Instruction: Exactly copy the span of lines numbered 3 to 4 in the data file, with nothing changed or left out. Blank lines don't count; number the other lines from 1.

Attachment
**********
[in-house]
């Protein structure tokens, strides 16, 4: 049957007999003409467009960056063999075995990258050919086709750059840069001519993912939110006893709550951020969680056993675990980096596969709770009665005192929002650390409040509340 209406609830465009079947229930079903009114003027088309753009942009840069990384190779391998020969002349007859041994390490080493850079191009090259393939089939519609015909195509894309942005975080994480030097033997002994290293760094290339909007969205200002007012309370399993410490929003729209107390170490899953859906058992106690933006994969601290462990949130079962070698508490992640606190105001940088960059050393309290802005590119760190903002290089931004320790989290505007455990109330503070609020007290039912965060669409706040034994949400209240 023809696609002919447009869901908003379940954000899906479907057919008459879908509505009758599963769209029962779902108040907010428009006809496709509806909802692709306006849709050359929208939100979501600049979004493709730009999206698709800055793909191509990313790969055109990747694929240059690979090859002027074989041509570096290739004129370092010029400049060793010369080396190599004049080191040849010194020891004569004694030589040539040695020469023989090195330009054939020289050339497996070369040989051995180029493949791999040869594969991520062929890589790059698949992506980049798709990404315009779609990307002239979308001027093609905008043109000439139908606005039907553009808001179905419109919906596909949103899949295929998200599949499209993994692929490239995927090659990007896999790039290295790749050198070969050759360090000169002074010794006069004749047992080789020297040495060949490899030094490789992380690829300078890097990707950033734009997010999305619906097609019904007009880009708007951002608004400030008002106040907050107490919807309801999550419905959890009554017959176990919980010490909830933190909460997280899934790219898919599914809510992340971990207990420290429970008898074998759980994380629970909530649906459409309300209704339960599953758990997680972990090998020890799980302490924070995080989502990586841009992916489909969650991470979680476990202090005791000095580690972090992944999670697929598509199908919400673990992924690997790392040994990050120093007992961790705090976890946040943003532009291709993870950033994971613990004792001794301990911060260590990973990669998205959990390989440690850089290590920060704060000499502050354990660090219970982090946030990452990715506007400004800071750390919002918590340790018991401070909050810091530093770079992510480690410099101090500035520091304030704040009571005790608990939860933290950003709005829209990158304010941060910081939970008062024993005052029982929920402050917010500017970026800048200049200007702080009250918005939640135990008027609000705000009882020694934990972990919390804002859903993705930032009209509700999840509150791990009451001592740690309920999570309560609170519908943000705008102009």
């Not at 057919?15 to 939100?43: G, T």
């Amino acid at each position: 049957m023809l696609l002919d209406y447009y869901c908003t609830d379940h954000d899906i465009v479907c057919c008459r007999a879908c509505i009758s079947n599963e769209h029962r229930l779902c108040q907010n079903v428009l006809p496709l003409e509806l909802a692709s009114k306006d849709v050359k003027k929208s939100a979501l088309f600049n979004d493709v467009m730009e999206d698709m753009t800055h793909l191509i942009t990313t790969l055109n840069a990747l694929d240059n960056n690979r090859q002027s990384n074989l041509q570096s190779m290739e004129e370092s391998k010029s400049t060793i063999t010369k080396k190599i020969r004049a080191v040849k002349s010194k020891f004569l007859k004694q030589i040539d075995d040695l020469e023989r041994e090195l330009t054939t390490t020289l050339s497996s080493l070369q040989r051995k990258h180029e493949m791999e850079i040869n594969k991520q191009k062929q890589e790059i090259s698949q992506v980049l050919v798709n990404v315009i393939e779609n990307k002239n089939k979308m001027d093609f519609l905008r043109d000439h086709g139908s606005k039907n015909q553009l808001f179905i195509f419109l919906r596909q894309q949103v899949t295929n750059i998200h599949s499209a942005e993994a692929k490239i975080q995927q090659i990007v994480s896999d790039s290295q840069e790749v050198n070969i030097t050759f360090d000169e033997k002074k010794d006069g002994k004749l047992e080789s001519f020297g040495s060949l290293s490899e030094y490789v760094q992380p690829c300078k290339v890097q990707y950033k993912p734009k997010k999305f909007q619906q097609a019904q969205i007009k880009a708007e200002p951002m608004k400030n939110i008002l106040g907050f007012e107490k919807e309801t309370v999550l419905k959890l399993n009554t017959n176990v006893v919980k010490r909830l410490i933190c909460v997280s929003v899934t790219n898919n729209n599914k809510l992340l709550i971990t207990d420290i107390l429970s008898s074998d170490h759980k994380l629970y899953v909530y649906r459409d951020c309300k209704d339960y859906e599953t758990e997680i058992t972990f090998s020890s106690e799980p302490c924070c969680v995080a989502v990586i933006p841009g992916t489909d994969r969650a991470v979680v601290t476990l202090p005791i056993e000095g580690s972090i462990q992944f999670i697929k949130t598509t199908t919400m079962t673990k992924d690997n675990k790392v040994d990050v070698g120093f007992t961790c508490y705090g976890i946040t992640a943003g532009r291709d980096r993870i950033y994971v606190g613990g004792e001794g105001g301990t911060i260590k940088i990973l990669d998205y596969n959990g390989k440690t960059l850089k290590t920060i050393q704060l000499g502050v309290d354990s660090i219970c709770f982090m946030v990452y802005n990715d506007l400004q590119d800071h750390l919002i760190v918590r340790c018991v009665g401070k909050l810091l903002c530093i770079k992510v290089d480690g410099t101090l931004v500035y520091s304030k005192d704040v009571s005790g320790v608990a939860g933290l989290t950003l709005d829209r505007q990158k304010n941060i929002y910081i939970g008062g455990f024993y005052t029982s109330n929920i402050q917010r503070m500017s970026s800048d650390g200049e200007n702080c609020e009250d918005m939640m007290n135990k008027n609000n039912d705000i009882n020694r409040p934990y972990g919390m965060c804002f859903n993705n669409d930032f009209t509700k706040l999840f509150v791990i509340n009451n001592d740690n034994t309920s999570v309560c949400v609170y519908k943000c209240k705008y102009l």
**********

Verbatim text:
């Not at 057919?15 to 939100?43: G, T």
């Amino acid at each position: 049957m023809l696609l002919d209406y447009y869901c908003t609830d379940h954000d899906i465009v479907c057919c008459r007999a879908c509505i009758s079947n599963e769209h029962r229930l779902c108040q907010n079903v428009l006809p496709l003409e509806l909802a692709s009114k306006d849709v050359k003027k929208s939100a979501l088309f600049n979004d493709v467009m730009e999206d698709m753009t800055h793909l191509i942009t990313t790969l055109n840069a990747l694929d240059n960056n690979r090859q002027s990384n074989l041509q570096s190779m290739e004129e370092s391998k010029s400049t060793i063999t010369k080396k190599i020969r004049a080191v040849k002349s010194k020891f004569l007859k004694q030589i040539d075995d040695l020469e023989r041994e090195l330009t054939t390490t020289l050339s497996s080493l070369q040989r051995k990258h180029e493949m791999e850079i040869n594969k991520q191009k062929q890589e790059i090259s698949q992506v980049l050919v798709n990404v315009i393939e779609n990307k002239n089939k979308m001027d093609f519609l905008r043109d000439h086709g139908s606005k039907n015909q553009l808001f179905i195509f419109l919906r596909q894309q949103v899949t295929n750059i998200h599949s499209a942005e993994a692929k490239i975080q995927q090659i990007v994480s896999d790039s290295q840069e790749v050198n070969i030097t050759f360090d000169e033997k002074k010794d006069g002994k004749l047992e080789s001519f020297g040495s060949l290293s490899e030094y490789v760094q992380p690829c300078k290339v890097q990707y950033k993912p734009k997010k999305f909007q619906q097609a019904q969205i007009k880009a708007e200002p951002m608004k400030n939110i008002l106040g907050f007012e107490k919807e309801t309370v999550l419905k959890l399993n009554t017959n176990v006893v919980k010490r909830l410490i933190c909460v997280s929003v899934t790219n898919n729209n599914k809510l992340l709550i971990t207990d420290i107390l429970s008898s074998d170490h759980k994380l629970y899953v909530y649906r459409d951020c309300k209704d339960y859906e599953t758990e997680i058992t972990f090998s020890s106690e799980p302490c924070c969680v995080a989502v990586i933006p841009g992916t489909d994969r969650a991470v979680v601290t476990l202090p005791i056993e000095g580690s972090i462990q992944f999670i697929k949130t598509t199908t919400m079962t673990k992924d690997n675990k790392v040994d990050v070698g120093f007992t961790c508490y705090g976890i946040t992640a943003g532009r291709d980096r993870i950033y994971v606190g613990g004792e001794g105001g301990t911060i260590k940088i990973l990669d998205y596969n959990g390989k440690t960059l850089k290590t920060i050393q704060l000499g502050v309290d354990s660090i219970c709770f982090m946030v990452y802005n990715d506007l400004q590119d800071h750390l919002i760190v918590r340790c018991v009665g401070k909050l810091l903002c530093i770079k992510v290089d480690g410099t101090l931004v500035y520091s304030k005192d704040v009571s005790g320790v608990a939860g933290l989290t950003l709005d829209r505007q990158k304010n941060i929002y910081i939970g008062g455990f024993y005052t029982s109330n929920i402050q917010r503070m500017s970026s800048d650390g200049e200007n702080c609020e009250d918005m939640m007290n135990k008027n609000n039912d705000i009882n020694r409040p934990y972990g919390m965060c804002f859903n993705n669409d930032f009209t509700k706040l999840f509150v791990i509340n009451n001592d740690n034994t309920s999570v309560c949400v609170y519908k943000c209240k705008y102009l």